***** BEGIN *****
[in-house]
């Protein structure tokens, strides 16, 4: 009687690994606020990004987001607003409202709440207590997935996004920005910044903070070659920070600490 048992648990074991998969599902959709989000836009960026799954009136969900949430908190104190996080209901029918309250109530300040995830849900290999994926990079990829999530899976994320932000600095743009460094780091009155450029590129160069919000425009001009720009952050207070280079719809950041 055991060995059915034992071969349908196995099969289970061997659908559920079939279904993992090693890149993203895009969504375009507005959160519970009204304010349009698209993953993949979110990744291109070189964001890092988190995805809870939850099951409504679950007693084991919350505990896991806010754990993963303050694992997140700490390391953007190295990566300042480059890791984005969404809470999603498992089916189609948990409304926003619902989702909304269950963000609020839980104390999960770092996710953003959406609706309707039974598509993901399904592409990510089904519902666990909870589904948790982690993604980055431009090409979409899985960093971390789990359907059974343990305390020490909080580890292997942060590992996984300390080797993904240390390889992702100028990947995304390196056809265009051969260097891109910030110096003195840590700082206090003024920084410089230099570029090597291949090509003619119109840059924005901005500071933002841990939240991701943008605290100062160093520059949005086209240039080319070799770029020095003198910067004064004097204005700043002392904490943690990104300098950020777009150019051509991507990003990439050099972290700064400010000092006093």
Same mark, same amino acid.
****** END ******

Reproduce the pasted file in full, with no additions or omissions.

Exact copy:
[in-house]
């Protein structure tokens, strides 16, 4: 009687690994606020990004987001607003409202709440207590997935996004920005910044903070070659920070600490 048992648990074991998969599902959709989000836009960026799954009136969900949430908190104190996080209901029918309250109530300040995830849900290999994926990079990829999530899976994320932000600095743009460094780091009155450029590129160069919000425009001009720009952050207070280079719809950041 055991060995059915034992071969349908196995099969289970061997659908559920079939279904993992090693890149993203895009969504375009507005959160519970009204304010349009698209993953993949979110990744291109070189964001890092988190995805809870939850099951409504679950007693084991919350505990896991806010754990993963303050694992997140700490390391953007190295990566300042480059890791984005969404809470999603498992089916189609948990409304926003619902989702909304269950963000609020839980104390999960770092996710953003959406609706309707039974598509993901399904592409990510089904519902666990909870589904948790982690993604980055431009090409979409899985960093971390789990359907059974343990305390020490909080580890292997942060590992996984300390080797993904240390390889992702100028990947995304390196056809265009051969260097891109910030110096003195840590700082206090003024920084410089230099570029090597291949090509003619119109840059924005901005500071933002841990939240991701943008605290100062160093520059949005086209240039080319070799770029020095003198910067004064004097204005700043002392904490943690990104300098950020777009150019051509991507990003990439050099972290700064400010000092006093």
Same mark, same amino acid.